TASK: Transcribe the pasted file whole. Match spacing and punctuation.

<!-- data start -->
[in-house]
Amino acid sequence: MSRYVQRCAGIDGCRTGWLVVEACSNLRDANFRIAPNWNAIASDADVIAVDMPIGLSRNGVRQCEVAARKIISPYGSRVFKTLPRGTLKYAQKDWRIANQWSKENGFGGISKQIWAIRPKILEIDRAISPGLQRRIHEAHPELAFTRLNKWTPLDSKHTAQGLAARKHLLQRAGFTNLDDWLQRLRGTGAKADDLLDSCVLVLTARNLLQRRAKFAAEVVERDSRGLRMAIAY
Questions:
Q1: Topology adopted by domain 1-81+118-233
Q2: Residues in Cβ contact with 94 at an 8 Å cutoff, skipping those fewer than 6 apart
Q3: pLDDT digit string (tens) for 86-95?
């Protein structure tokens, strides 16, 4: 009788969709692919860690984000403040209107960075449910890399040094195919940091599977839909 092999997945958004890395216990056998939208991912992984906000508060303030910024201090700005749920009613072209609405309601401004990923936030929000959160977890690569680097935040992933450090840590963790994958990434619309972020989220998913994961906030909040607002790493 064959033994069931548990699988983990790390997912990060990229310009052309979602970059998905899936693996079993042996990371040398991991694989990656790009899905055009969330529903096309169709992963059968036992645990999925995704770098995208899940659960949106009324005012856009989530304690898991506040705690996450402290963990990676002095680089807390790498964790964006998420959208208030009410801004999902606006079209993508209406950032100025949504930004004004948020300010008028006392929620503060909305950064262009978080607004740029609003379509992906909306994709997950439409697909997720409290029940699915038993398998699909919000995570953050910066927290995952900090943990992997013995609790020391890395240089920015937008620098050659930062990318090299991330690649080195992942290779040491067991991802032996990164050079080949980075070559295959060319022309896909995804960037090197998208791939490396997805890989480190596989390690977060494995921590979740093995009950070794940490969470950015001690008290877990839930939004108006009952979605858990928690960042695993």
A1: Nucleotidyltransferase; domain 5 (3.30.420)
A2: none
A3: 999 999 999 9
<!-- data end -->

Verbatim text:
[in-house]
Amino acid sequence: MSRYVQRCAGIDGCRTGWLVVEACSNLRDANFRIAPNWNAIASDADVIAVDMPIGLSRNGVRQCEVAARKIISPYGSRVFKTLPRGTLKYAQKDWRIANQWSKENGFGGISKQIWAIRPKILEIDRAISPGLQRRIHEAHPELAFTRLNKWTPLDSKHTAQGLAARKHLLQRAGFTNLDDWLQRLRGTGAKADDLLDSCVLVLTARNLLQRRAKFAAEVVERDSRGLRMAIAY
Questions:
Q1: Topology adopted by domain 1-81+118-233
Q2: Residues in Cβ contact with 94 at an 8 Å cutoff, skipping those fewer than 6 apart
Q3: pLDDT digit string (tens) for 86-95?
């Protein structure tokens, strides 16, 4: 009788969709692919860690984000403040209107960075449910890399040094195919940091599977839909 092999997945958004890395216990056998939208991912992984906000508060303030910024201090700005749920009613072209609405309601401004990923936030929000959160977890690569680097935040992933450090840590963790994958990434619309972020989220998913994961906030909040607002790493 064959033994069931548990699988983990790390997912990060990229310009052309979602970059998905899936693996079993042996990371040398991991694989990656790009899905055009969330529903096309169709992963059968036992645990999925995704770098995208899940659960949106009324005012856009989530304690898991506040705690996450402290963990990676002095680089807390790498964790964006998420959208208030009410801004999902606006079209993508209406950032100025949504930004004004948020300010008028006392929620503060909305950064262009978080607004740029609003379509992906909306994709997950439409697909997720409290029940699915038993398998699909919000995570953050910066927290995952900090943990992997013995609790020391890395240089920015937008620098050659930062990318090299991330690649080195992942290779040491067991991802032996990164050079080949980075070559295959060319022309896909995804960037090197998208791939490396997805890989480190596989390690977060494995921590979740093995009950070794940490969470950015001690008290877990839930939004108006009952979605858990928690960042695993």
A1: Nucleotidyltransferase; domain 5 (3.30.420)
A2: none
A3: 999 999 999 9